If we look carefully beneath the ashes of twentieth century burn-out in art, we can catch a glimmer of the still-glowing embers from past eras of beauty and harmony.
It is a small flame but one that may be ignited anew to light the way to a more advanced and exciting epoch than has ever existed before. Those faintly flaming embers are the art and ideas that have preserved the best of our Western heritage. The legacy of an unending search toward expressing the glories and possibilities of humankind has survived, and it is being revived here and there in sparks of beauty and life-affirming images that may forge their combined energy into a blazing torch to illuminate a path to a better future.
A fair amount of serious art being produced right now (though largely ignored by most critics and intellectuals, who always lag behind the times) actually confirms this.
Driven underground by academics, critics, and artists of modernist and post-modern art for decades and largely still untaught in learning institutions, the crafts of representationalism in painting and sculpture have continued to be taught by a handful of artist-teachers who refused to let their art forms perish. We owe these men and women — now in their seventies, eighties, and even nineties — a debt of gratitude for safeguarding the techniques passed down from Greece through the Italian Renaissance to nineteenth-century Europe and then on to America in the early twentieth. It is their students — now professional artists and teachers in their own right — who are presently of an age to lead the resurgence of interest in these art forms based in established Western art traditions. Novelists, poets, and composers, too, are consulting the past for techniques to help them contemporize the everlasting verities of life with bracing relevance to our own time and place in history.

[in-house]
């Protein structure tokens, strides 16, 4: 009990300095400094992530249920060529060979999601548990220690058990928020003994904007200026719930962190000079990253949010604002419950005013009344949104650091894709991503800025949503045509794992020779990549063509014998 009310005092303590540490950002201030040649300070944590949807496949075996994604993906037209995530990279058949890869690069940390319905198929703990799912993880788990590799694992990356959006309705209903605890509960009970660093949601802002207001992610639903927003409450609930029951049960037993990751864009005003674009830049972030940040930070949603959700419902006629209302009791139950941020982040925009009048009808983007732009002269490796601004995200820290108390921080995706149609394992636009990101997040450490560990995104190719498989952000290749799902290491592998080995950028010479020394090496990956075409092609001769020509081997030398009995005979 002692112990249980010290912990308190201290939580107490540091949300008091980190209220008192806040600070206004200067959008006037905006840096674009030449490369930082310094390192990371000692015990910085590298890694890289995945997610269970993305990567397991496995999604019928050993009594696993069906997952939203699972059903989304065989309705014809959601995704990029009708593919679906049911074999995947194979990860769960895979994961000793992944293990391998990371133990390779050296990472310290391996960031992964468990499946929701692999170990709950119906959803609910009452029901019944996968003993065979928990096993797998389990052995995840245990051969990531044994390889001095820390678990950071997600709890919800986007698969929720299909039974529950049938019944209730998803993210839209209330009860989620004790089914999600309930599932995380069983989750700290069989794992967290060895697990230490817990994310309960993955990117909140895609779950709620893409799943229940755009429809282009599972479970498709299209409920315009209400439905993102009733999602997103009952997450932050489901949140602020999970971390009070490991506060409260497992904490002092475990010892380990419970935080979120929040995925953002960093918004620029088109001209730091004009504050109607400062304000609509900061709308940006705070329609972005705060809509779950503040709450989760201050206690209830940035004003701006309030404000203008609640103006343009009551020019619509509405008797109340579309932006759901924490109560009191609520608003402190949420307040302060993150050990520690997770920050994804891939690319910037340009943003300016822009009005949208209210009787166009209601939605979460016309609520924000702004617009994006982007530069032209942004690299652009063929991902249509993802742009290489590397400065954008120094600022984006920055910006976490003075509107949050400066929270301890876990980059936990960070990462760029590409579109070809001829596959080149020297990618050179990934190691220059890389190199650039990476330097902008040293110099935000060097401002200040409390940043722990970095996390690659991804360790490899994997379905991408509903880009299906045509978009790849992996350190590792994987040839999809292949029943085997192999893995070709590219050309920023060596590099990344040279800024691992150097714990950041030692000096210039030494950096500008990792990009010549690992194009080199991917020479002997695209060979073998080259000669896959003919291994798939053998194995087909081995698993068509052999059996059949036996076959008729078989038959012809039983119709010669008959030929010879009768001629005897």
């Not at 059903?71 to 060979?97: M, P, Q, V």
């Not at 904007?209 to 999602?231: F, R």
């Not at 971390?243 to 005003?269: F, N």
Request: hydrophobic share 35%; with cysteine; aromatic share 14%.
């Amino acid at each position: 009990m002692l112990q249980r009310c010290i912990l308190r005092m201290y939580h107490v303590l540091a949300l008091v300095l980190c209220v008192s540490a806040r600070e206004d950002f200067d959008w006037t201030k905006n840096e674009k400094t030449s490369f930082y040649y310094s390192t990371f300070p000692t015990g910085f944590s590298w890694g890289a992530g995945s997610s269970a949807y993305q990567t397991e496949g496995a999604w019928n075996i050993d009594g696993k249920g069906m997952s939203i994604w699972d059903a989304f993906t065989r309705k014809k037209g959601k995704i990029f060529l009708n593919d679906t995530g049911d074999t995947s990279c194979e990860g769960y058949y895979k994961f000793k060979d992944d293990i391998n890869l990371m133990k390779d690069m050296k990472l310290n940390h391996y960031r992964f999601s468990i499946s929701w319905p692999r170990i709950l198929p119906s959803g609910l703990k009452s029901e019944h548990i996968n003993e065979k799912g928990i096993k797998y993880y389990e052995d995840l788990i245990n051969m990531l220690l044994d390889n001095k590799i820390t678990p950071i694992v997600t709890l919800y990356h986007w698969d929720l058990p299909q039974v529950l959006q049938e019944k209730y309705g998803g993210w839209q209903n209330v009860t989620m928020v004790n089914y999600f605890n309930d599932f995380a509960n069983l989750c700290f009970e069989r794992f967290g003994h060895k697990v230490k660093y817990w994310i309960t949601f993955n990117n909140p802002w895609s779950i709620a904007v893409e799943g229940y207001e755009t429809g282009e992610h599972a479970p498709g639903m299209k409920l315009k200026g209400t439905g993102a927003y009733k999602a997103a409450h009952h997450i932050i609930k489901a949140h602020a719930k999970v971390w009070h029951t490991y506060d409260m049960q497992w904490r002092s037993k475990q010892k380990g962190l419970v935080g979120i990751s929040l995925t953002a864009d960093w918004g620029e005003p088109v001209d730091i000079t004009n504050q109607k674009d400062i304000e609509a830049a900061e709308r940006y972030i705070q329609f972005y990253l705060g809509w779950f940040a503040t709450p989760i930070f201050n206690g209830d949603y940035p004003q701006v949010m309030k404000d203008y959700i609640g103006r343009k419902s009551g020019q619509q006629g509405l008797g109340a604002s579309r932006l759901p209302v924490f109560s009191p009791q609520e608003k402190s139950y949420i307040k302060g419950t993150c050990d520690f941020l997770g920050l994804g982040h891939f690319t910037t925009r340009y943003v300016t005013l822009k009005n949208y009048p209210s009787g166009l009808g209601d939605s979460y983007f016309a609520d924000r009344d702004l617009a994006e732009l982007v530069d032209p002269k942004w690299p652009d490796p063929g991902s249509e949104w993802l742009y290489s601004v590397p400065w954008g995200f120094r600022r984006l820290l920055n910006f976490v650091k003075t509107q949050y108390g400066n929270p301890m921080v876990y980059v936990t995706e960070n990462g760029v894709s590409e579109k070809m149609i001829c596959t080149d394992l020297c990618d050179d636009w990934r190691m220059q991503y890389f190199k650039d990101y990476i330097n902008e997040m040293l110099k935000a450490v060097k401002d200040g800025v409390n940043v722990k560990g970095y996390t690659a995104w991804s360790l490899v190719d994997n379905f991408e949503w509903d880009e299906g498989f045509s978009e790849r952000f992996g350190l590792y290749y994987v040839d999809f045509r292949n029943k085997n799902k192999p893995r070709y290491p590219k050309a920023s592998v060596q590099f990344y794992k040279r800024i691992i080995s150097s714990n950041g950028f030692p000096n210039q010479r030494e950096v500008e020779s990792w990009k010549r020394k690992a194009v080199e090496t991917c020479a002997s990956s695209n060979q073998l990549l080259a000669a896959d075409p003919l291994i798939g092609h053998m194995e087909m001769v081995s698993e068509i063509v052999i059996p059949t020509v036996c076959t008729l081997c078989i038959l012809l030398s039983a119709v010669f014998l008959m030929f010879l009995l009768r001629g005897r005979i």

So the crafts of the great arts of Western civilization are surfacing again. But what of ideas? Many artists, today, succeed in capturing reality, but how many create a heightened reality that not only brings into sharper focus selected aspects of life through compelling aesthetics but also communicates ideas? Without authentic relevance to the fundamentals of the contemporary human condition, art becomes either decorative or banal. Without ideas informing it, art becomes a pretty pastime.
Most artists are not philosophers; they are, rather, more sensitive souls who intuitively incorporate value premises into their work. Great artists, however, whose work reverberates with lasting significance are fully conscious of the underlying themes expressed through their work; they, in fact, use form and aesthetics for the express purpose of communicating — beautifully — the ideational content of their art. For these superlative artists, nothing is accidental; they select and include in their art only the requisite essentials necessary to communicate inner meaning. Such artists distill the quintessence of one image or one fleeting moment (or in literature and music, one finite time-experience) for their own sake first; they make it “stand still” so they can experience and return at will to the burning center of their creation for rousing renewal. Then they pass their vision on to us for further contemplation of the beauty and values inherent in the work.